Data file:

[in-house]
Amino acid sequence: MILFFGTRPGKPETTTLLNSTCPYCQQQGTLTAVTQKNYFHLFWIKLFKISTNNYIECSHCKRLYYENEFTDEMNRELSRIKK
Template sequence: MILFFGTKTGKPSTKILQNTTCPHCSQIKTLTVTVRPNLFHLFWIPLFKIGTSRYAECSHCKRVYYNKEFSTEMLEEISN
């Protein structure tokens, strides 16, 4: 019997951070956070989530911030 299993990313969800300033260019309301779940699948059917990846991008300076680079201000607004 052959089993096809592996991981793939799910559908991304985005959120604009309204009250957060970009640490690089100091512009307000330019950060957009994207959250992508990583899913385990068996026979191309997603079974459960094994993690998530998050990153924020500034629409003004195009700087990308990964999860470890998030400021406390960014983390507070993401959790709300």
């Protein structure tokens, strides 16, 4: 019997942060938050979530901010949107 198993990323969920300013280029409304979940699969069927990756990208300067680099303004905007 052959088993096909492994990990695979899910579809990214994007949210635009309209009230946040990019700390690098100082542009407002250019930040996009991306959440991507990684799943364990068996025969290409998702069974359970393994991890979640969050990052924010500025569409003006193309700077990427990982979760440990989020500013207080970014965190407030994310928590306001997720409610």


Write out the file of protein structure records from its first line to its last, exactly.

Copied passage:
[in-house]
Amino acid sequence: MILFFGTRPGKPETTTLLNSTCPYCQQQGTLTAVTQKNYFHLFWIKLFKISTNNYIECSHCKRLYYENEFTDEMNRELSRIKK
Template sequence: MILFFGTKTGKPSTKILQNTTCPHCSQIKTLTVTVRPNLFHLFWIPLFKIGTSRYAECSHCKRVYYNKEFSTEMLEEISN
């Protein structure tokens, strides 16, 4: 019997951070956070989530911030 299993990313969800300033260019309301779940699948059917990846991008300076680079201000607004 052959089993096809592996991981793939799910559908991304985005959120604009309204009250957060970009640490690089100091512009307000330019950060957009994207959250992508990583899913385990068996026979191309997603079974459960094994993690998530998050990153924020500034629409003004195009700087990308990964999860470890998030400021406390960014983390507070993401959790709300």
């Protein structure tokens, strides 16, 4: 019997942060938050979530901010949107 198993990323969920300013280029409304979940699969069927990756990208300067680099303004905007 052959088993096909492994990990695979899910579809990214994007949210635009309209009230946040990019700390690098100082542009407002250019930040996009991306959440991507990684799943364990068996025969290409998702069974359970393994991890979640969050990052924010500025569409003006193309700077990427990982979760440990989020500013207080970014965190407030994310928590306001997720409610």